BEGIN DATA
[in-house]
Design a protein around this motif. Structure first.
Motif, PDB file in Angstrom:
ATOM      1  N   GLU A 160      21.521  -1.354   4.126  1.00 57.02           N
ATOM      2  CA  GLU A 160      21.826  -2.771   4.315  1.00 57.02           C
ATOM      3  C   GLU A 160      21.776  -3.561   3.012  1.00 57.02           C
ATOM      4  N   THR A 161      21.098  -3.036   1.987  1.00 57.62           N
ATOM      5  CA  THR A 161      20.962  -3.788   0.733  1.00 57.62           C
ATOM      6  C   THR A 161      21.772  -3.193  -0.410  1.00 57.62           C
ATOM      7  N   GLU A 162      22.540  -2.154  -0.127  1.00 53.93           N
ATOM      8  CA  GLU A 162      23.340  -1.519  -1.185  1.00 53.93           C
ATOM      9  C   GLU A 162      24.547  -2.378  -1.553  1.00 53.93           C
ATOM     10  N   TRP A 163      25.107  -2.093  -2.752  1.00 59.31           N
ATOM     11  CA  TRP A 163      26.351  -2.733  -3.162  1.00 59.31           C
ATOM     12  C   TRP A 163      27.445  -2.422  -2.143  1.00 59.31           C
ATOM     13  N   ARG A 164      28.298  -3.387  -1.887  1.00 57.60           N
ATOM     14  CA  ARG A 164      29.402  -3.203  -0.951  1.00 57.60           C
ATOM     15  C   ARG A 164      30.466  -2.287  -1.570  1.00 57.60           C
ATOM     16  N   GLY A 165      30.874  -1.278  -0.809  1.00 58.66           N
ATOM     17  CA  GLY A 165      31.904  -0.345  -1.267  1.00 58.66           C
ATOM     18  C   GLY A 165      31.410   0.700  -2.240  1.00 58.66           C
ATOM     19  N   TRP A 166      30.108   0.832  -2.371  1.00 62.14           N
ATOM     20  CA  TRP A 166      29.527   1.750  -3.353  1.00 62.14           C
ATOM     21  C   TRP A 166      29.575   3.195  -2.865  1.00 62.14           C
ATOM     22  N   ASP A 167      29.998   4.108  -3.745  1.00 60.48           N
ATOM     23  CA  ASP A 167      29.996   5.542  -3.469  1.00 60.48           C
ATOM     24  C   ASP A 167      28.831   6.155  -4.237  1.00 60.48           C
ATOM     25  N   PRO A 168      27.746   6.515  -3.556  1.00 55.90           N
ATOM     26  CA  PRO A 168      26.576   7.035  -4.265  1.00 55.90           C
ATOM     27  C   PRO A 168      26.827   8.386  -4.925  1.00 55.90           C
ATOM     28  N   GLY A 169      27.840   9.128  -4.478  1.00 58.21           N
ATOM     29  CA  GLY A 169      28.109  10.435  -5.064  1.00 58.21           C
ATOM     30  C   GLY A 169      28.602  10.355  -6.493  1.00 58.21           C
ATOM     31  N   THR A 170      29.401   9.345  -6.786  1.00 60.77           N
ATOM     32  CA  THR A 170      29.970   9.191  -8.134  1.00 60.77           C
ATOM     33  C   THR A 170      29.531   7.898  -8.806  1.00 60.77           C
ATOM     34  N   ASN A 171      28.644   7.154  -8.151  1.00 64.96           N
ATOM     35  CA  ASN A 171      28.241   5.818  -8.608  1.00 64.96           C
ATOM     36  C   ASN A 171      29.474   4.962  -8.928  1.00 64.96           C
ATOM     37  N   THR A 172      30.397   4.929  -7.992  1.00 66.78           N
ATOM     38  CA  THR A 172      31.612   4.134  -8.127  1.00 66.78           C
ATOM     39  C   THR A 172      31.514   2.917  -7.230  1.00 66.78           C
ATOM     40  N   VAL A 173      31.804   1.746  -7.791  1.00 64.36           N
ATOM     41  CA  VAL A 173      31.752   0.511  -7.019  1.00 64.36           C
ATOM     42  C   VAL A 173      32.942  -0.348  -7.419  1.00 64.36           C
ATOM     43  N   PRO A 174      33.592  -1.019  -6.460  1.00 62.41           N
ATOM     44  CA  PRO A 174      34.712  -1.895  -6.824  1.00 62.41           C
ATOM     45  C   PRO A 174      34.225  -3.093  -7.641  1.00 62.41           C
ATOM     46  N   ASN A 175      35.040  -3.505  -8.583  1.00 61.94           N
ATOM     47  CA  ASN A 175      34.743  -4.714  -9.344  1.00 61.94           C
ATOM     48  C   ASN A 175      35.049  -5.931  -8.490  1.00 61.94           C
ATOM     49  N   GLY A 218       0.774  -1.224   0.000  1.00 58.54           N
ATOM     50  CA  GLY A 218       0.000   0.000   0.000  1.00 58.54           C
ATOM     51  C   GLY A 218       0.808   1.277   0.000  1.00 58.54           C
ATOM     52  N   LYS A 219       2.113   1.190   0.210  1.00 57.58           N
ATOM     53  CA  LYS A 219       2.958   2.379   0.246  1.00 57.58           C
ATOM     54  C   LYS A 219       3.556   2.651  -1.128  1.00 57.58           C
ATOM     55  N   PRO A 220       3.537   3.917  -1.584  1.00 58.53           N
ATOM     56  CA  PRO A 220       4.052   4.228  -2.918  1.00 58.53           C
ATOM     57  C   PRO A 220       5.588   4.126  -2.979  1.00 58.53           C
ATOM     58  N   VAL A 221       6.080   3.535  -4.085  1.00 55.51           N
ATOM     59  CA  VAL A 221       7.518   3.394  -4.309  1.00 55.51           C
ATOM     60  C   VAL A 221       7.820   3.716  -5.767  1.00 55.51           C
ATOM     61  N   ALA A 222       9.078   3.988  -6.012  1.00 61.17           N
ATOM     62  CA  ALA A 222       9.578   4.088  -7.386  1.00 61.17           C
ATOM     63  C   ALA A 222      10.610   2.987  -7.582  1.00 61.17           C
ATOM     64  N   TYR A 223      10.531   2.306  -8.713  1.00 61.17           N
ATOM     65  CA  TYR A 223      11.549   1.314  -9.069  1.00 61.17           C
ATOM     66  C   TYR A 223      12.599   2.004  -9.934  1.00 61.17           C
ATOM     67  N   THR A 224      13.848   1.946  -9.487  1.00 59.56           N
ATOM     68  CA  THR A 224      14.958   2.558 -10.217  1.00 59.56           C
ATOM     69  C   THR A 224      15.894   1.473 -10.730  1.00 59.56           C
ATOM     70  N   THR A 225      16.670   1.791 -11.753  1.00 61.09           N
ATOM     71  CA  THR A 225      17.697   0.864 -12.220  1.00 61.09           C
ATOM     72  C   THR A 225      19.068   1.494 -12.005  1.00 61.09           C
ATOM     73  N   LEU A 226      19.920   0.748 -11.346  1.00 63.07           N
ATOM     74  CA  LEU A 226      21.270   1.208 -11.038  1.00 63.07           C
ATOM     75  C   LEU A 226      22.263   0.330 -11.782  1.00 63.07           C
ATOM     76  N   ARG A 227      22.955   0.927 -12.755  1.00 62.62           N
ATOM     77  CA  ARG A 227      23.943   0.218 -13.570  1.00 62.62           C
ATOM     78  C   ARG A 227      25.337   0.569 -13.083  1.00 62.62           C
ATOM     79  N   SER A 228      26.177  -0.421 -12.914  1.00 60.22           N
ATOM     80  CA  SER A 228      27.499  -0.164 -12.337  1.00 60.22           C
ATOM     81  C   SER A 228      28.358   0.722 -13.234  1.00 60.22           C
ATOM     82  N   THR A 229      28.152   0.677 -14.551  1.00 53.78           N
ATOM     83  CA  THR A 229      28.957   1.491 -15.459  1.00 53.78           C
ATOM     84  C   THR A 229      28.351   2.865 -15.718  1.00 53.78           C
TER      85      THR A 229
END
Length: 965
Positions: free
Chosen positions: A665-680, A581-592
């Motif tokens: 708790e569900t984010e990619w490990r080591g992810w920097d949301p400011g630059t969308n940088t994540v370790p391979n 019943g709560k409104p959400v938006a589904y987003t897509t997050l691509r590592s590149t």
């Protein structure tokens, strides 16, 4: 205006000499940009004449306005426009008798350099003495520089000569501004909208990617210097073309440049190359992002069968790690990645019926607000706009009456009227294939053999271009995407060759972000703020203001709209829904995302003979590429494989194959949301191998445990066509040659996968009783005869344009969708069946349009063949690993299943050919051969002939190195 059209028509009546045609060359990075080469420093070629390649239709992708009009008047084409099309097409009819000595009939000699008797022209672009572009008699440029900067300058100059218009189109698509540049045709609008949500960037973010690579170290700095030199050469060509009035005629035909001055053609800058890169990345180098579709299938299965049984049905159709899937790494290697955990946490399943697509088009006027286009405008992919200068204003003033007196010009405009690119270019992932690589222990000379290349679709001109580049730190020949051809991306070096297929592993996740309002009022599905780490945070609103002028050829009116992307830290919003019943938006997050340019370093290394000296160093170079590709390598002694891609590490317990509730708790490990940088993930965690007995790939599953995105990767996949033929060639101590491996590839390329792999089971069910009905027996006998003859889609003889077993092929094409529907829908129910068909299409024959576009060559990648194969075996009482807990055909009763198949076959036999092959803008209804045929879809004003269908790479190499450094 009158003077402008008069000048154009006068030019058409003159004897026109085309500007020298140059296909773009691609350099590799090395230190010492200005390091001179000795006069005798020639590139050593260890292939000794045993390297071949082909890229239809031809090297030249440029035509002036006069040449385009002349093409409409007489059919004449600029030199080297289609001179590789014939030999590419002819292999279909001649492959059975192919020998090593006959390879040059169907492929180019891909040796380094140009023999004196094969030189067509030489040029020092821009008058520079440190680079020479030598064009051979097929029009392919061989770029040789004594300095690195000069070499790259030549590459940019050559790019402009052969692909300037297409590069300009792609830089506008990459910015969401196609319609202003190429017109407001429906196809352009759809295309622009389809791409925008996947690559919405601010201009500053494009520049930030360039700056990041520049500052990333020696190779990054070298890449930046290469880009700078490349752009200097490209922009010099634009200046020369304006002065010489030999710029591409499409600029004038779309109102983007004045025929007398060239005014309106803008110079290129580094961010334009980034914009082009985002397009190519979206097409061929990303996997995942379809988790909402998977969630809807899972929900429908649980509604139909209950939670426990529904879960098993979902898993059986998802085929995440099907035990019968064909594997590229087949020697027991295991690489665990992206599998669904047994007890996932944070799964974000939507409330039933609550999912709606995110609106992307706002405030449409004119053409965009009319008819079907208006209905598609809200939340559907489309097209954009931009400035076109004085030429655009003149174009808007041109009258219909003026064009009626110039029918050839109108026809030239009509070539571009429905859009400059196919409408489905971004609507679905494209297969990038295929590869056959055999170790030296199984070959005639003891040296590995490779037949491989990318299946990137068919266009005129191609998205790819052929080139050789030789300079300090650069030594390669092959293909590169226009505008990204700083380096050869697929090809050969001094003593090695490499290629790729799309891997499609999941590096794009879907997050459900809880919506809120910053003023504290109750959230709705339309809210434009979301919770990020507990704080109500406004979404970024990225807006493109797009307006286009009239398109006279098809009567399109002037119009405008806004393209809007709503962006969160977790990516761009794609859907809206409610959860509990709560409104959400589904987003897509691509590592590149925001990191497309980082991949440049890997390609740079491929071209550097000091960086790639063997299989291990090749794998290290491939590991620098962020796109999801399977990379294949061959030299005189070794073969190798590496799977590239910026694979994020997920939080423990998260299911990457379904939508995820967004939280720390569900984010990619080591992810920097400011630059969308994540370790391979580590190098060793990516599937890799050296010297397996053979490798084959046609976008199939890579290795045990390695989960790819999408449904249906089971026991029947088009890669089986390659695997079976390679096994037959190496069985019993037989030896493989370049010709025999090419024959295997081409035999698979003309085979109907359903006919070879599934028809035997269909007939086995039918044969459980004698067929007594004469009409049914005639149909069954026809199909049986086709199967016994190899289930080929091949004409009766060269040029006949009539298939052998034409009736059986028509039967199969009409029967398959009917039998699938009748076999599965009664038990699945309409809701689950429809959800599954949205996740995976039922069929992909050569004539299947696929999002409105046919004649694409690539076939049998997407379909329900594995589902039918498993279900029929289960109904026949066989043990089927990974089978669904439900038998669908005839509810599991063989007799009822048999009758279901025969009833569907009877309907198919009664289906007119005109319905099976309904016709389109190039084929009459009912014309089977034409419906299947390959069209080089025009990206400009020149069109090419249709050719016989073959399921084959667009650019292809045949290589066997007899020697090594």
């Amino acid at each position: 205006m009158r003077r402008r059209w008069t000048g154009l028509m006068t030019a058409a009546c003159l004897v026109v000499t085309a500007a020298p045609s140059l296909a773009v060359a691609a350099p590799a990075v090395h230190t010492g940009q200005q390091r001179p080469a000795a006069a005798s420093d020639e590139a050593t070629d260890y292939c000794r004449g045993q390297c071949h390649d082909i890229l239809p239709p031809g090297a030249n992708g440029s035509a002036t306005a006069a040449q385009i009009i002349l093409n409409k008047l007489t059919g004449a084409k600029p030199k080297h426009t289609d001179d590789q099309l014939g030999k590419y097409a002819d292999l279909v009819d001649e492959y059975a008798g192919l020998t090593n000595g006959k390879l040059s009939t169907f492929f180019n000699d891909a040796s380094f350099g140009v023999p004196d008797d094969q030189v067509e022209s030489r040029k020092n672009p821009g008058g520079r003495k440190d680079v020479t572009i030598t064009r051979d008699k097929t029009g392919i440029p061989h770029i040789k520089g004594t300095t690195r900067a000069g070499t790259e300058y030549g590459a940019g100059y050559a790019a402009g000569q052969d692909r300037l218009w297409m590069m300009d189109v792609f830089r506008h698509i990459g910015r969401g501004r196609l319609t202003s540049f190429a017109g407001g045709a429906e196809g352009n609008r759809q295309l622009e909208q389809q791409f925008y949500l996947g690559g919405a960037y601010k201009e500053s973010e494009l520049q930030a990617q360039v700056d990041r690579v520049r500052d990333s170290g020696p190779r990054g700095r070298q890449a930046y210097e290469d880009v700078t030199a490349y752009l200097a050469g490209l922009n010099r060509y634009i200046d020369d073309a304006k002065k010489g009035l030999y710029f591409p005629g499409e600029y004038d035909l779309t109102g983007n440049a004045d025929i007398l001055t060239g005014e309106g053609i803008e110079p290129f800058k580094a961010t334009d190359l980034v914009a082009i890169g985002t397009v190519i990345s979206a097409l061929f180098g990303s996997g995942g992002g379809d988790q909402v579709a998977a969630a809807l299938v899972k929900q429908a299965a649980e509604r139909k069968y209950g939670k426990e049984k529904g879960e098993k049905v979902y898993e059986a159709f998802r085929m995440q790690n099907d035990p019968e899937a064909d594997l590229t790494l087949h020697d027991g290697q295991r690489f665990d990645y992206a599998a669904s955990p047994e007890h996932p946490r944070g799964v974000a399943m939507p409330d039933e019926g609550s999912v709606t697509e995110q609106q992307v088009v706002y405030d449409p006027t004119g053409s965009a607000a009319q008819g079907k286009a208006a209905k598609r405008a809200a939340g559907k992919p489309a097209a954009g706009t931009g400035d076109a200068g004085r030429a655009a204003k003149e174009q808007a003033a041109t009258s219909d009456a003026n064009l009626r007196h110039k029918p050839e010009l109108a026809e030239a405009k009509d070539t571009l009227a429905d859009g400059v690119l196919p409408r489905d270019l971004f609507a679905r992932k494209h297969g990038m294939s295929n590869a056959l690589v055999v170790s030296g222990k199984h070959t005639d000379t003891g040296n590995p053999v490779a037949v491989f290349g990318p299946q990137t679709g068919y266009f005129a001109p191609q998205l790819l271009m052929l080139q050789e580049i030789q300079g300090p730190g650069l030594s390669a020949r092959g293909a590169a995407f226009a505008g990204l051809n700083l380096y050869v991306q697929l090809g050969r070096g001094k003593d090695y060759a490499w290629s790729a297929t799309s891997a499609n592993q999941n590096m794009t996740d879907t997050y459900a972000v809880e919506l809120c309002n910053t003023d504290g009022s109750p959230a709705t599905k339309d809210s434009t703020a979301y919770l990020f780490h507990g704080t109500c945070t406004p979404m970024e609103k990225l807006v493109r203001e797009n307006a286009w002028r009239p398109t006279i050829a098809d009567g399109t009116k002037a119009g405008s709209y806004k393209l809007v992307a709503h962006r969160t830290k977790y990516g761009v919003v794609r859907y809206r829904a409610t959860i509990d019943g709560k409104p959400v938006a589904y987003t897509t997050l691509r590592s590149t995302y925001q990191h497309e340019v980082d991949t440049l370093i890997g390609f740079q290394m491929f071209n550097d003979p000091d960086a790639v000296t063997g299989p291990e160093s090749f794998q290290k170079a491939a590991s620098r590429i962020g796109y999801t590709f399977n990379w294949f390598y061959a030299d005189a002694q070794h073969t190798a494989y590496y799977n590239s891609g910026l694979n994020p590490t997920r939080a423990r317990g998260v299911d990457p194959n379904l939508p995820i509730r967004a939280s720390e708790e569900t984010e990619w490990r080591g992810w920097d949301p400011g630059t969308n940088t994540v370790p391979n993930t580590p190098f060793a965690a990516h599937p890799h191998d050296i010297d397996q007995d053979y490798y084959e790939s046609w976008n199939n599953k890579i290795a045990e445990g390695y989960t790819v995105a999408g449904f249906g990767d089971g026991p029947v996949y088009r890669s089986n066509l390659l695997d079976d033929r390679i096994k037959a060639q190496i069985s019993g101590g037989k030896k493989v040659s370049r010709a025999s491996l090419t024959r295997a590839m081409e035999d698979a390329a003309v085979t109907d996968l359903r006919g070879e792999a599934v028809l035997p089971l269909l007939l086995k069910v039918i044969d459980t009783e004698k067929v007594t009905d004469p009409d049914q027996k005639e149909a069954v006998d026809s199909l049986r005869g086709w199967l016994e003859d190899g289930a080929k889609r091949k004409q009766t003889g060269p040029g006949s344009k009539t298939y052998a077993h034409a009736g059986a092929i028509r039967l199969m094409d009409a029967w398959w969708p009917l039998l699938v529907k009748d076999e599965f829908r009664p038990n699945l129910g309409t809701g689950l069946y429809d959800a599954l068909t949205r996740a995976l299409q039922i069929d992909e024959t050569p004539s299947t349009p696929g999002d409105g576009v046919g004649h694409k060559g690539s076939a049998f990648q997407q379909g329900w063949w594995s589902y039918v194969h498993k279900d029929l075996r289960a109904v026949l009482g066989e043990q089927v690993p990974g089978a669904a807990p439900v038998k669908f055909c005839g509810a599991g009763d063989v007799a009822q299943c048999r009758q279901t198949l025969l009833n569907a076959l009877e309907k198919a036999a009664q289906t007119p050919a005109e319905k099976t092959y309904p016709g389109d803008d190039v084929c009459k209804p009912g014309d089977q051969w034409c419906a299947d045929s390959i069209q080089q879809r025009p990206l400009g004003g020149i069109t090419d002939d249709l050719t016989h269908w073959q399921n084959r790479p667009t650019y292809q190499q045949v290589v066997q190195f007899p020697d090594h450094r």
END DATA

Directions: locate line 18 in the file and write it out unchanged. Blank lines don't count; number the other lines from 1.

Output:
ATOM     15  C   ARG A 164      30.466  -2.287  -1.570  1.00 57.60           C